“Ambivalent Witnesses,” Hou Hanru’s survey of Chinese contemporary art published in Flash Art in 1996, was among the first attempts at framing this burgeoning scene. Twenty years after that publication, with China now a fully active participant in the globalized world, Weng Xiaoyu sifts through the dilemmas that still haunt the identity of Chinese art.
Almost ten years ago, the third Guangzhou Triennial took on a challenging task by proposing “Farewell to Post-Colonialism” as a thesis for examination. The proposition was controversial but inevitably intriguing. The three curators of the show, Sarat Maharaj, Gao Shiming and Johnson Chang Tsong-zung, acknowledged the role of postcolonialist discourse in “deconstructing Eurocentric ideas of art and culture,” but questioned its emphasis on multiculturalism as a means to systematize difference, reducing issues of identity, locality and diversity into routine artistic themes and politically correct curatorial gestures.[i] The exhibition received harsh criticism, as its scheme was indeed problematic on many levels. Leaving aside the exhibition’s reading that equated “postcolonialism” with “multiculturalism,” the struggle and aftermath of colonialism was not an intellectual fantasy but a series of real-life events. The manifesto-like title shows a naïveté in curatorial judgment by making an overly broad statement and a promise that no exhibition could possibly fulfill. However, certain aspects of their curatorial thinking — especially the caution against a rapidly homogenizing global art and culture sphere and the tendency to apply political correctness as a strategy for exhibition making — are worthy of further discussion.
It is also important to recognize that the mire in which the third Guangzhou Triennial found itself reflects a dilemma within contemporary Chinese art more generally: while swiftly assimilating the international art community and exhibition scene, it was simultaneously experiencing an existential crisis. “Farewell to Post-Colonialism” was an attempt, albeit ineffective and derailed, through a global platform (e.g., an international triennial), to generate a new theoretical framework and vocabulary for art from China and to reposition it in relation to mainstream discourses that are born out of European traditions.
As a full participant in this globalized world, China is now entangled in a constant process of renegotiating its physical territory, cultural traditions and identity as a nation. We see each of these aspects enduring perpetual dissolution and anxious reinstatement — a version of what the French theorists Gilles Deleuze and Félix Guattari have described as “deterritorialization” and “reterritorialization.”[ii] Under the force of globalization, as national and cultural principles and traditions are blurred, borders disappear and barriers to trade are erased. Language and even biology, through genetic engineering for example, become more homogenous; art is also unable to escape, becoming a standard product to be shaped and consumed by large-scale exhibitions and global markets.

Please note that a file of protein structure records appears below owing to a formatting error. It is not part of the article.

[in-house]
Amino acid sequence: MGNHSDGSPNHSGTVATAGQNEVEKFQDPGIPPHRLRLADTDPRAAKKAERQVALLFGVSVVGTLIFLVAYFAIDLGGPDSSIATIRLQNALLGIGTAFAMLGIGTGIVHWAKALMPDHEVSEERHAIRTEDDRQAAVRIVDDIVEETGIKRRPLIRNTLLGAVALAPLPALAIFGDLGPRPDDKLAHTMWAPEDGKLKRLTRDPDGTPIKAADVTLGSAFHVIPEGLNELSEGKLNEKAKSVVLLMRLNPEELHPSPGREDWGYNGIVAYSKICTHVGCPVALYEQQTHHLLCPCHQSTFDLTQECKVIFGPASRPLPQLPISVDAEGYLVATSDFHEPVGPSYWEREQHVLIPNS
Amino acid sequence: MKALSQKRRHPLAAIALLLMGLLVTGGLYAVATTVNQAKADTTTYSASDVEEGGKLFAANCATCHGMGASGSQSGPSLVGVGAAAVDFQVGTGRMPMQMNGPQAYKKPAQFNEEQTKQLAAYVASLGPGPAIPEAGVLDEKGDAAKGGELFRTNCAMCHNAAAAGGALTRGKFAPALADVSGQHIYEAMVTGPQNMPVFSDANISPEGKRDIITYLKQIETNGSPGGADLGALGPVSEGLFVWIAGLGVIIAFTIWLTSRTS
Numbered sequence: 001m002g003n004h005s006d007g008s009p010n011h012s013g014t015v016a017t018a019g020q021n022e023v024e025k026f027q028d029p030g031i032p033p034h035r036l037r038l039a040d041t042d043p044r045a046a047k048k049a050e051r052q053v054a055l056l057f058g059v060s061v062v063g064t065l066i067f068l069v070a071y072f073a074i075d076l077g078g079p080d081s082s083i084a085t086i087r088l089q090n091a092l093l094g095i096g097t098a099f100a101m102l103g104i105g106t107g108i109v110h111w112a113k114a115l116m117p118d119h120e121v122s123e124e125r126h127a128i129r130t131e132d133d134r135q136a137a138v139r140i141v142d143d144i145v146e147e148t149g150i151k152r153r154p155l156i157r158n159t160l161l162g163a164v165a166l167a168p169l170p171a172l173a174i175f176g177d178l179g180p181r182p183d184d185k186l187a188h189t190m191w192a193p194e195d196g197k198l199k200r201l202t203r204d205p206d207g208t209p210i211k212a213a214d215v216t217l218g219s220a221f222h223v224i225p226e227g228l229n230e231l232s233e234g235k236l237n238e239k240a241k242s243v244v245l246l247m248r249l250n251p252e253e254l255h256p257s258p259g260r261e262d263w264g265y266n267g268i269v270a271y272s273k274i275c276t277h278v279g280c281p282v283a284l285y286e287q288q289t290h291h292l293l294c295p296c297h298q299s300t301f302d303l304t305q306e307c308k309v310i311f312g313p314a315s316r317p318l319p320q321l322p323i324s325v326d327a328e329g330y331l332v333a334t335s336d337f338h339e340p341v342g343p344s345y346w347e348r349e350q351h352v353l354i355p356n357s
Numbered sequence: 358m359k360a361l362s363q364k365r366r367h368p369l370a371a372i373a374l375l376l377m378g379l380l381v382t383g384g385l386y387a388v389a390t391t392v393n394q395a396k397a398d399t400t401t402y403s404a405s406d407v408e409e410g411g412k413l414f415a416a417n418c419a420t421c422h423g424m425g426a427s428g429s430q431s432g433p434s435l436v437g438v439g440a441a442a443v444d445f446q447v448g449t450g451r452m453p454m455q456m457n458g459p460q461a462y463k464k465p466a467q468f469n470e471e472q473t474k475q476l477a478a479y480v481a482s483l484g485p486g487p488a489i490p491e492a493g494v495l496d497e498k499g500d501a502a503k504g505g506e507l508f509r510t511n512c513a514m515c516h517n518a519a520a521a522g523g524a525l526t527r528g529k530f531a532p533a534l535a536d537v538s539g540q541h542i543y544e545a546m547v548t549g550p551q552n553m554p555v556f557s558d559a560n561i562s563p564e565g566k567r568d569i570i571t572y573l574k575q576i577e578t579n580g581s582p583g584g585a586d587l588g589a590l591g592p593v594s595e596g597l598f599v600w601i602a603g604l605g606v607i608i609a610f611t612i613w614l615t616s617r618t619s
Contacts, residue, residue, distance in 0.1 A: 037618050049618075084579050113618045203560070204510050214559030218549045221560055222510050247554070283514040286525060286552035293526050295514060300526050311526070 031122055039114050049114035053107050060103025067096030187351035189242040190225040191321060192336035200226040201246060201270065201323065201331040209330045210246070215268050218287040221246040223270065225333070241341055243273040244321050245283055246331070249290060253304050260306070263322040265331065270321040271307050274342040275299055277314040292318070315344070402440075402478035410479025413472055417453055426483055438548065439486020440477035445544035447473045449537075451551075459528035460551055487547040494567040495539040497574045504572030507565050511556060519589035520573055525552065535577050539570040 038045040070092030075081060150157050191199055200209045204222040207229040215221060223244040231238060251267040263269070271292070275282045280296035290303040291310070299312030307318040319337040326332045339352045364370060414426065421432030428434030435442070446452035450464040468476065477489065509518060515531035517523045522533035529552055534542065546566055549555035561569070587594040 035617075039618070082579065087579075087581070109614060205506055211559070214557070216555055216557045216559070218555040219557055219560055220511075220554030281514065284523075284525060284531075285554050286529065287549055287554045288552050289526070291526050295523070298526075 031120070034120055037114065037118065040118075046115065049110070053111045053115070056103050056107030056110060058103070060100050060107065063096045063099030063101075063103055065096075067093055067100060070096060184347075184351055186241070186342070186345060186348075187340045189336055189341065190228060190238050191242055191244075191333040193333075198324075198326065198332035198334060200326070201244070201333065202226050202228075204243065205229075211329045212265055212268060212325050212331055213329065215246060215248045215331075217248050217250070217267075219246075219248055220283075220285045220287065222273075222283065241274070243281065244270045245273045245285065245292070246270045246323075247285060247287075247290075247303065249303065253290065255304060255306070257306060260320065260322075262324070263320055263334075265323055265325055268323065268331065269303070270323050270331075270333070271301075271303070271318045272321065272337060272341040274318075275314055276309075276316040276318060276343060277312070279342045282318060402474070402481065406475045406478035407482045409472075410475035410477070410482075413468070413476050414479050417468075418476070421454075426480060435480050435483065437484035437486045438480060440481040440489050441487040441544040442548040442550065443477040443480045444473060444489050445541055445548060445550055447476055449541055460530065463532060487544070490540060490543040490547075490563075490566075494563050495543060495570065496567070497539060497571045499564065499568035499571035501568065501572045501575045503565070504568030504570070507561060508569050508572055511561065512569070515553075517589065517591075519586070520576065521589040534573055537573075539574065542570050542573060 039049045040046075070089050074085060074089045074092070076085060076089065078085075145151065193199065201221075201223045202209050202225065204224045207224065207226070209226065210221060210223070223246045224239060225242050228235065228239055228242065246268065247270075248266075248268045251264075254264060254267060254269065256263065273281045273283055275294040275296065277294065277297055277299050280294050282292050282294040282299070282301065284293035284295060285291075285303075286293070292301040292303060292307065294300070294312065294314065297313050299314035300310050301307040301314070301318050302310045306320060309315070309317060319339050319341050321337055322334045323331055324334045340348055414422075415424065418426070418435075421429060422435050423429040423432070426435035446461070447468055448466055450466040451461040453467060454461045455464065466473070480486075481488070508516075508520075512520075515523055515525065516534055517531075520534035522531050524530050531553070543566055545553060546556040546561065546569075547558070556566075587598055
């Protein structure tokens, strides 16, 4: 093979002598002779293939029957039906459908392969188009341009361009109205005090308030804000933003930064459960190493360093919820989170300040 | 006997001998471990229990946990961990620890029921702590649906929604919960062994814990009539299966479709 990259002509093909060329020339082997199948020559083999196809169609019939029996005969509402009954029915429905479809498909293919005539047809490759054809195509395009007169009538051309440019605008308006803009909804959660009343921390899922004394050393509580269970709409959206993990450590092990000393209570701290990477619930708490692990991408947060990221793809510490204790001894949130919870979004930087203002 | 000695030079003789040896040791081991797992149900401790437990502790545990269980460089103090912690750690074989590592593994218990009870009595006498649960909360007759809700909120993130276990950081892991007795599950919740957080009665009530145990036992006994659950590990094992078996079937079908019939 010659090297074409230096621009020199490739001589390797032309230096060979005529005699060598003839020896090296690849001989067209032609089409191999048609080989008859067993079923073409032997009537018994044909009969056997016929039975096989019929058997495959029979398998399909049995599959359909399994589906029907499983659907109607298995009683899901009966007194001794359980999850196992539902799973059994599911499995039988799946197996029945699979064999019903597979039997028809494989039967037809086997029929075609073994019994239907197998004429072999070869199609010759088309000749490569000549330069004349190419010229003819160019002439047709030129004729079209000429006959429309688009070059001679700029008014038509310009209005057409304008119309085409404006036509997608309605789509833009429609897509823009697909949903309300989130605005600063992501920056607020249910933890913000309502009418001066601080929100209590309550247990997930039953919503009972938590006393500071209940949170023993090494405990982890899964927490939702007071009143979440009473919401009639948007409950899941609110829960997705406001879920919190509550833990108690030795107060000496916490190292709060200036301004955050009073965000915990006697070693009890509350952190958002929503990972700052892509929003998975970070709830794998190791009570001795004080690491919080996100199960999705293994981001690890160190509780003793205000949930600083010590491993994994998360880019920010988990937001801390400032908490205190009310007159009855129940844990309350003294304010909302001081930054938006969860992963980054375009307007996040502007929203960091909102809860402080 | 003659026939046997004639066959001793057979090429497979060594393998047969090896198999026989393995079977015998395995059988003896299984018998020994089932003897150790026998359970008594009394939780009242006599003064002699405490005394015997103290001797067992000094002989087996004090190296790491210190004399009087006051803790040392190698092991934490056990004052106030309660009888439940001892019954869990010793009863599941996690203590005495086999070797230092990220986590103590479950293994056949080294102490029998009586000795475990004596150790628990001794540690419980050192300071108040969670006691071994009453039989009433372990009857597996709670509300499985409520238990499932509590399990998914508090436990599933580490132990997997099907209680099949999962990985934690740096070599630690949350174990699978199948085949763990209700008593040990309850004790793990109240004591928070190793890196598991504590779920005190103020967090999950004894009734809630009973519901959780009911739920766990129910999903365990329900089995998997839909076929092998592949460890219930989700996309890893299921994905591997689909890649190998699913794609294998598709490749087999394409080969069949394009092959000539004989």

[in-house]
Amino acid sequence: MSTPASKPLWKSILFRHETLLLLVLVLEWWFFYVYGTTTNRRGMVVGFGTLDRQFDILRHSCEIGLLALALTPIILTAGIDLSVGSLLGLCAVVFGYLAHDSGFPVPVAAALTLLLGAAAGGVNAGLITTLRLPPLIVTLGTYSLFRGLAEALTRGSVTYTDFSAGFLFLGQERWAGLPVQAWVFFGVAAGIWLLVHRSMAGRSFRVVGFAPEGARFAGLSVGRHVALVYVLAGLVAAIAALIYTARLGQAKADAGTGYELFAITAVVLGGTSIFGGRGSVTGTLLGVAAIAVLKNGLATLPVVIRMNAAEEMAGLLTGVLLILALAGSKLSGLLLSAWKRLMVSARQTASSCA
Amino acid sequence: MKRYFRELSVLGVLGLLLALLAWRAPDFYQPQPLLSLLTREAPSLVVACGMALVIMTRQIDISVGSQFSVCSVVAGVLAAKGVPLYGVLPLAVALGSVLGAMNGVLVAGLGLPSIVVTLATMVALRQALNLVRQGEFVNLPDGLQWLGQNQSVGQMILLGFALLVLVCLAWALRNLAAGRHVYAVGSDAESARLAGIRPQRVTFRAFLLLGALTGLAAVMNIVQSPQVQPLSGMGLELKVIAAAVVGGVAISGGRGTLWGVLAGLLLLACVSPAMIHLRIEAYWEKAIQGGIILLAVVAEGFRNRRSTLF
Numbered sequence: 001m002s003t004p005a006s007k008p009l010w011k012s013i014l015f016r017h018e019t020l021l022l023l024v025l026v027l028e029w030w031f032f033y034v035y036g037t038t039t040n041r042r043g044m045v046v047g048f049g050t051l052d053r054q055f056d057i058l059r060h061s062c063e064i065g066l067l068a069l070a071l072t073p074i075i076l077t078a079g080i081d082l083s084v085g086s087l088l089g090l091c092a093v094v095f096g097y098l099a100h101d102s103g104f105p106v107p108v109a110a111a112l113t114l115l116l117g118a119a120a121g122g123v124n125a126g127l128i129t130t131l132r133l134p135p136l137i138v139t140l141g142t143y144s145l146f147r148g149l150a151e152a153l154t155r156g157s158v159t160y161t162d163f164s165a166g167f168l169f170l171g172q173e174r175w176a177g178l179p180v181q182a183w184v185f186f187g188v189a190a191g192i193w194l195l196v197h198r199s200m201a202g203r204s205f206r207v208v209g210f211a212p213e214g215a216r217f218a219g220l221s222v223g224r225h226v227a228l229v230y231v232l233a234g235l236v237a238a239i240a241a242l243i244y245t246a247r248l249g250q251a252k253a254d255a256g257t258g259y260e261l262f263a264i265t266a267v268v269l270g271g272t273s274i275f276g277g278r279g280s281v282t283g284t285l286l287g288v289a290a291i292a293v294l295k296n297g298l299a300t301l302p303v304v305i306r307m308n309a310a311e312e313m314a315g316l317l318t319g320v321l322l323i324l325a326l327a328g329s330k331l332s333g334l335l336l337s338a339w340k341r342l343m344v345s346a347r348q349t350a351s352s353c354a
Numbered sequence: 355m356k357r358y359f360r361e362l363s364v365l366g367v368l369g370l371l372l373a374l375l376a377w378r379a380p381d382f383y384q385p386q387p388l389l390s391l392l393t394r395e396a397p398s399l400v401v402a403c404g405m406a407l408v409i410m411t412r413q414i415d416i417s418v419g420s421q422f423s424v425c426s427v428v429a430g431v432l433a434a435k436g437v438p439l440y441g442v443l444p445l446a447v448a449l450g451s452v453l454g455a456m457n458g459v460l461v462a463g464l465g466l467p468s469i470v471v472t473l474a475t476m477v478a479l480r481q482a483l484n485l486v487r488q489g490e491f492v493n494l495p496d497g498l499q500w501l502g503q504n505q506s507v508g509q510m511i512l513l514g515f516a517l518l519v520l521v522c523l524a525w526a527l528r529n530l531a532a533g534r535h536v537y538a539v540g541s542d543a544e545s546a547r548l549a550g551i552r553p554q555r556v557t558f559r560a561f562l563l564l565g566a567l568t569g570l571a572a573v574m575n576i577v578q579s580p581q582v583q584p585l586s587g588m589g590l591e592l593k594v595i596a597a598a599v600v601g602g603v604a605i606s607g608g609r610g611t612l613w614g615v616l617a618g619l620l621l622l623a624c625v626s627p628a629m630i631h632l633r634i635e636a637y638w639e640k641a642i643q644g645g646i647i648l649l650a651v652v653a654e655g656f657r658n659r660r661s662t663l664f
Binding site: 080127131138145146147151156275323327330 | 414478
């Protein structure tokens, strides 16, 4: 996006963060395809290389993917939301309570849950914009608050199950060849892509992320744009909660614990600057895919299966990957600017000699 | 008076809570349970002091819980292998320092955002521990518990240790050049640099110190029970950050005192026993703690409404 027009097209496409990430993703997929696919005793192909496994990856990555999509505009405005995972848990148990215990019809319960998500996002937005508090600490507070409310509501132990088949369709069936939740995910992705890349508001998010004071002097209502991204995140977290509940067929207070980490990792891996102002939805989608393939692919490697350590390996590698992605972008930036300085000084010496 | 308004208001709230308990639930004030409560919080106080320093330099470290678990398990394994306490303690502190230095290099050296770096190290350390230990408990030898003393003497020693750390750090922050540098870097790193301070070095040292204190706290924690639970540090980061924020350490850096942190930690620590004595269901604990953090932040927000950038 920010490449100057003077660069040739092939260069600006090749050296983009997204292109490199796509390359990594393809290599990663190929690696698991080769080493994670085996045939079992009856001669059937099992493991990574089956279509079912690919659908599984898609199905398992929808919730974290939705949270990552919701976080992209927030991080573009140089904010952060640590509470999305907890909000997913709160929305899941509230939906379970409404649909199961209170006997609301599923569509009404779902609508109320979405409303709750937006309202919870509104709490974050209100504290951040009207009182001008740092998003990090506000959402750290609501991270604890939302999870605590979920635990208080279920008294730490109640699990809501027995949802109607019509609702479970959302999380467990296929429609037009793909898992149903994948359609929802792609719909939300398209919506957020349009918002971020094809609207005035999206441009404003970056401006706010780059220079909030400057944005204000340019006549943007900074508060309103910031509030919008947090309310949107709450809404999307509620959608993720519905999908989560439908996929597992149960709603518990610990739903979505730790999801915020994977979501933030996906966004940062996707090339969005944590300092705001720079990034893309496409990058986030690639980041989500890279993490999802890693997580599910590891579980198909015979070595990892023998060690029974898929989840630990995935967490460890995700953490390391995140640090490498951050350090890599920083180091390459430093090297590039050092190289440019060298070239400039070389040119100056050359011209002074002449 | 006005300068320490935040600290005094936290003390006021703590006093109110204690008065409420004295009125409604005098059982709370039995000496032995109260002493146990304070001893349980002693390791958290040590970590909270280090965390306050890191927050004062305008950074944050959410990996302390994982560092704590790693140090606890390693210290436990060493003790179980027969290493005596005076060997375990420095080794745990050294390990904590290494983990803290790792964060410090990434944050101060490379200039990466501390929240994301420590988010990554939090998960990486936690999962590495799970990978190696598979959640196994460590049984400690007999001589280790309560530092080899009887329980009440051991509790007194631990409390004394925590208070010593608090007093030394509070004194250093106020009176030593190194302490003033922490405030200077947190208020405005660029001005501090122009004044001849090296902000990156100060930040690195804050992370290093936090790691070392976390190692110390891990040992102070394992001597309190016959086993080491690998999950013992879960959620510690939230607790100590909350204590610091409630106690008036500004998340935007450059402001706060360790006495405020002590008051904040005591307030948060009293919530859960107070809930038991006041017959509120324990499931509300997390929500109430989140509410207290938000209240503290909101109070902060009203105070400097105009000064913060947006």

To resist is not an easy task. While turning to traditions and ancient knowledge is a predictable step, it sets the trap of falling into the pitfall of nationalism. Thus ensnared was the Chinese Pavilion at the last Venice Biennale, with its attempt at sewing together a national-cultural Chinese character. Titled “Continuum – Generation by Generation,” the exhibition displayed Song Dynasty paintings, folk crafts like embroidery and shadow puppets, archival materials, as well as newly commissioned collaborative works by folk and contemporary artists as contextualized by two Chinese fables: “The Foolish Old Man Removes the Mountains” and “Jingwei Filling the Sea.” Furthermore, the imagery of “mountain and sea” represented in these two fables evoked the dichotomous ideas of “ancient and new” and “yin and yang.” By doing so, the exhibition was able to infuse new vitality into today’s artmaking through ancient texts and traditional artisanship, therefore embodying the concept of bu xi — the Chinese title of the show (literally translated as “ceaselessly” or “unrelentingly”) — a demonstration of Chinese artistic practice as a continuous, five-thousand-year-long project.[iii] However, the exhibition was not able to convince its audience of the grand vision and historical richness it outlined. While the shadow play was mesmerizing and the embroidery was outlandish, all seemed out of context. It was unclear how these objects represented a renewal of art and spirit — except for the superficial employment of a mechanically automated shadow-puppet “performer” or advanced paper-cutting technique in collage. It all felt too much like a return to the self-exoticizing ethnographic display of a trade show, an image of contemporary Chinese art many artists have fought to unsettle in one way or another over the past decades.
“Continuum – Generation by Generation” suffered from the presumptuous curatorial premise of condensing a vast claim into a series of mechanical juxtapositions of historical literature, classical artworks, craft techniques and contemporary forms of expression. It was also incapable of contextualizing a meta-narrative of the traditional modes of knowledge production, which resulted in separating the head from the body on at least two counts: its complex local ecology and its international biennial audience. Some read the exhibition as a direct translation of government policy into an exhibition that only served Chinese politics and soft power.[iv] Although it had demeaned art and craftsmanship to the status of “evidence” for foisting nationalistic values, the exhibition did point to the intellectual dilemma associated with traditional identity and historical consciousness, a repetitive focal point in the tension between the irresistible force of globalization and a growing awareness of an alternative locality.